Fox Hunting Life with Horse and Hound
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FHL WEEK, November 10, 2020

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Hot Weather Hunting Is Hard on Hounds


File0201Joanne Maisano photo

We’ve had hot weather hunting reports from many quarters across the Mid-Atlantic and southward. The West Coast as well. Hot weather hunting can be devastating to hounds because... bless them... they will try to keep up with the pack even when overheated and failing. Some hounds will be more susceptible to heat exhaustion than others, and the result can be fatal if neglected.

Under these conditions, staff must be equipped in the field to immediately administer sugar-loaded liquids to wobbly hounds and try to get them to cool water to bring their body temperature down. Master and huntsman Epp Wilson even recommends Port wine in a pinch! But he makes certain to have Caro syrup at the ready as well. Here’s part of a recent report from the Belle Meade Hunt (GA) by Epp.

We struck at Dead Cow Hill and had a good gallop in a clockwise circle to Gentleman’s Hill Field, back to Tally Ho Lake, Rappahannock Coop, Hal Sims’ Coop, Puppy Pond (where our friends, former huntsman John Tabachka* and Jennifer Buckley viewed the coyote) with Bullet or Bismark close behind and the rest of the pack on his heels. Continuing the clockwise circle, they went by Deacon’s Coop, then Jon McCorkle Alley where the staff picked most of them up.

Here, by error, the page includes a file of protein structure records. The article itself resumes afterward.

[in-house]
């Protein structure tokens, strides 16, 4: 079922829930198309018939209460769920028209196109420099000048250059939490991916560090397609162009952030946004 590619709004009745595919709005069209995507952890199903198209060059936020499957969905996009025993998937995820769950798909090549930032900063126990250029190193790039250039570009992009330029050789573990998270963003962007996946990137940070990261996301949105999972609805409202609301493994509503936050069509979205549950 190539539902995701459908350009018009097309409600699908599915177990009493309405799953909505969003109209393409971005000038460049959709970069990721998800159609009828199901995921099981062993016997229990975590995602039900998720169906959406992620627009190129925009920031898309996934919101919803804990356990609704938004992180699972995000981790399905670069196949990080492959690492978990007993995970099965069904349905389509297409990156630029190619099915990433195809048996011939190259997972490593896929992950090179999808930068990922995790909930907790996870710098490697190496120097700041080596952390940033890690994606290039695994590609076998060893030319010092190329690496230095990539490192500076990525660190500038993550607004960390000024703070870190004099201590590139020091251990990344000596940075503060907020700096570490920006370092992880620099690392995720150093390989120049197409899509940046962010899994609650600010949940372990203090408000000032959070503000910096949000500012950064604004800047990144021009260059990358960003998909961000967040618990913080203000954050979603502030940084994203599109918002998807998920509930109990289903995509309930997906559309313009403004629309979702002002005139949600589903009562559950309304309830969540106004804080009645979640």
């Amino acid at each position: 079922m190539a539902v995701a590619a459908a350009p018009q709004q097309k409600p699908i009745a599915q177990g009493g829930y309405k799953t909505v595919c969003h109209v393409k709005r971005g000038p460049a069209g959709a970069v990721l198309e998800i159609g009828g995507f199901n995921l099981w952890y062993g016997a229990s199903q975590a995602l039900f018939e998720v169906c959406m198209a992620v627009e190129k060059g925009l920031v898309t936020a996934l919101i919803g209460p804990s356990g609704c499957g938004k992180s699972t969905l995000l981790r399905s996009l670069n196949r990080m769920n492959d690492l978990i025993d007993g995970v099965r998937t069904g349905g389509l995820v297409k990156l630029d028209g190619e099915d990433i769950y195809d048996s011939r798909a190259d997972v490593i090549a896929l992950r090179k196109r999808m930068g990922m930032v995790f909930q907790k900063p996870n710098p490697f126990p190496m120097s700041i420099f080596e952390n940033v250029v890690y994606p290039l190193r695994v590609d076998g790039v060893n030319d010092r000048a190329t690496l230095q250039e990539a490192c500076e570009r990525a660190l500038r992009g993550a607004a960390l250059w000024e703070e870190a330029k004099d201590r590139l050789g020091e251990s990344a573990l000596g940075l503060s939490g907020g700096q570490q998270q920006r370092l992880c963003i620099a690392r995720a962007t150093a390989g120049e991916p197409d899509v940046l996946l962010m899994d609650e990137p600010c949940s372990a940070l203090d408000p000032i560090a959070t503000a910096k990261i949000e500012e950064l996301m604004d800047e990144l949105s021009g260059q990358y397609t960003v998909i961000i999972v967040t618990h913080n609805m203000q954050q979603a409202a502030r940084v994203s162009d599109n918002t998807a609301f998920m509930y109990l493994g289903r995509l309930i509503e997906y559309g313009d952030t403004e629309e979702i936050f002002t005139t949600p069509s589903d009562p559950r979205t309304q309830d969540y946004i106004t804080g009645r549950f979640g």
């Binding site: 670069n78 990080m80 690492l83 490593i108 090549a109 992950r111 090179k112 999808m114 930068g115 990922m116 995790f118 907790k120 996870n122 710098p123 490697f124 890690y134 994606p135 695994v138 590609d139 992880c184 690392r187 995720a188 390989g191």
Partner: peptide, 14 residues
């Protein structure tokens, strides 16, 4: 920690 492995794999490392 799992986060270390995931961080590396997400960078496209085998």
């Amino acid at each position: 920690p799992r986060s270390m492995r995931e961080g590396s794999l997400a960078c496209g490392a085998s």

Several hounds had gotten overheated. We gave them the Caro syrup and port and walked the pack to Tally Ho Lake to cool off, then returned to kennels. Another short and successful hunt.

When hounds get overheated they often get wobbly in the back end first and try to keep going. Even at a wobbling walk. Then they collapse. Best thing to do is get them to shallow water to cool the body, not a pond because they might drown. In addition to Caro syrup, use Port or anything else with lots of sugar. But liquid so they can’t choke on it.

If you’ve tried that but the hound doesn’t seem to be recovering, it calls for a trip to the vet. Especially if you see a change in the color of its gums or reddish-colored urine from the hound.

I’m sure many of you huntsmen out there have your own favorite method of tackling this problem How about sharing your wisdom in a Comment here?

Posted October 29, 2020